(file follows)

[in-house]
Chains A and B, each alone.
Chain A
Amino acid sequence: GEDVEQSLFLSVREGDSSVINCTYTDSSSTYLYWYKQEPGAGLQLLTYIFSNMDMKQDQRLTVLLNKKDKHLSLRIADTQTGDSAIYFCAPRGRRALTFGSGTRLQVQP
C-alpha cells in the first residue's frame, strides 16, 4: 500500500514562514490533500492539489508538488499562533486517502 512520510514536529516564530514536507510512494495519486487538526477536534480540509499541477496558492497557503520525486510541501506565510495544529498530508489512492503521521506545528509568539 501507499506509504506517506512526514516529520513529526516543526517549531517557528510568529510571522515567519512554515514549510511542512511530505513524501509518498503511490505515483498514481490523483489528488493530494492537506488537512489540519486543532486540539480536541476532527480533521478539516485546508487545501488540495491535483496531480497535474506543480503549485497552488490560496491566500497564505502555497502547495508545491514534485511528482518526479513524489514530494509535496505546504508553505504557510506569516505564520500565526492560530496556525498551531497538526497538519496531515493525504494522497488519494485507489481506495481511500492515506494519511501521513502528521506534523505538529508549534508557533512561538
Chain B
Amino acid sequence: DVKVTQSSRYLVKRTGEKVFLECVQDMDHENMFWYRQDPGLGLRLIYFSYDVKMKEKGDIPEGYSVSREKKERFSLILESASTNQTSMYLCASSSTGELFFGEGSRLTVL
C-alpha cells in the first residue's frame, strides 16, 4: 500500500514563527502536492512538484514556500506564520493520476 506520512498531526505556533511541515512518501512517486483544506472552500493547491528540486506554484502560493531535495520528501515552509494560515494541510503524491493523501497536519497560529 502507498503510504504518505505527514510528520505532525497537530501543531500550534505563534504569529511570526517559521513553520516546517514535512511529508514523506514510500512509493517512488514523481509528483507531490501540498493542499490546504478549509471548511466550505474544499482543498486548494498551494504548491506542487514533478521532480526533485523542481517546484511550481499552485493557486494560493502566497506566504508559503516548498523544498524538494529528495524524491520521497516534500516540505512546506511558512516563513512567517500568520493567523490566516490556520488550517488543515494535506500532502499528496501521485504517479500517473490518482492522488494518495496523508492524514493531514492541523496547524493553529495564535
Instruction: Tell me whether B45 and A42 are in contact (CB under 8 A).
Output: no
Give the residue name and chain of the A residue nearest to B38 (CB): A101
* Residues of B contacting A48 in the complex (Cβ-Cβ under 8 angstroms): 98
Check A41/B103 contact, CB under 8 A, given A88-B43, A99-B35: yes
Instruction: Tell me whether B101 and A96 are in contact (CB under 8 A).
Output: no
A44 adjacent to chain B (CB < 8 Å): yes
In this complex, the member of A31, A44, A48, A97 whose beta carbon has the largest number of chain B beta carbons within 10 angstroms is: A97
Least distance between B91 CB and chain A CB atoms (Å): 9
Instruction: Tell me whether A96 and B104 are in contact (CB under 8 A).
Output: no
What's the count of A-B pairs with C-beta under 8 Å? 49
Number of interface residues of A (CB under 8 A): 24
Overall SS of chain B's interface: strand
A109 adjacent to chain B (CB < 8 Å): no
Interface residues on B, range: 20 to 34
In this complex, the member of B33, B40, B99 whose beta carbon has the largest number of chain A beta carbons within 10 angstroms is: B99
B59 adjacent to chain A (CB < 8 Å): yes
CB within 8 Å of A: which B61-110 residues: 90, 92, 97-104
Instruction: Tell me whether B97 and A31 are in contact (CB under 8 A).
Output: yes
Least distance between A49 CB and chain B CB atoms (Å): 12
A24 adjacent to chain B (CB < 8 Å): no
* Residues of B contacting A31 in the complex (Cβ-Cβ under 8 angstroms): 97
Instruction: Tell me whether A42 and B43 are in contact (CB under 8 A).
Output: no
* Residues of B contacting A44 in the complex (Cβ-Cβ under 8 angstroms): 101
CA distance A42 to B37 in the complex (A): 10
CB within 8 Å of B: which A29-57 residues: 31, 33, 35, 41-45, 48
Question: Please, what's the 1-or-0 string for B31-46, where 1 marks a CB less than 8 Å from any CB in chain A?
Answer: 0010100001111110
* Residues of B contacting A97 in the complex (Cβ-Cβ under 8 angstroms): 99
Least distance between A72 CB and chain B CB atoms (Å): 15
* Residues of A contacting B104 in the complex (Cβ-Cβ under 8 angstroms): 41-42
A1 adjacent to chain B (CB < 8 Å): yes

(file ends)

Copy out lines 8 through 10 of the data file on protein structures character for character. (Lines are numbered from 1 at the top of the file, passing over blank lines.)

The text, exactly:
C-alpha cells in the first residue's frame, strides 16, 4: 500500500514563527502536492512538484514556500506564520493520476 506520512498531526505556533511541515512518501512517486483544506472552500493547491528540486506554484502560493531535495520528501515552509494560515494541510503524491493523501497536519497560529 502507498503510504504518505505527514510528520505532525497537530501543531500550534505563534504569529511570526517559521513553520516546517514535512511529508514523506514510500512509493517512488514523481509528483507531490501540498493542499490546504478549509471548511466550505474544499482543498486548494498551494504548491506542487514533478521532480526533485523542481517546484511550481499552485493557486494560493502566497506566504508559503516548498523544498524538494529528495524524491520521497516534500516540505512546506511558512516563513512567517500568520493567523490566516490556520488550517488543515494535506500532502499528496501521485504517479500517473490518482492522488494518495496523508492524514493531514492541523496547524493553529495564535
Instruction: Tell me whether B45 and A42 are in contact (CB under 8 A).
Output: no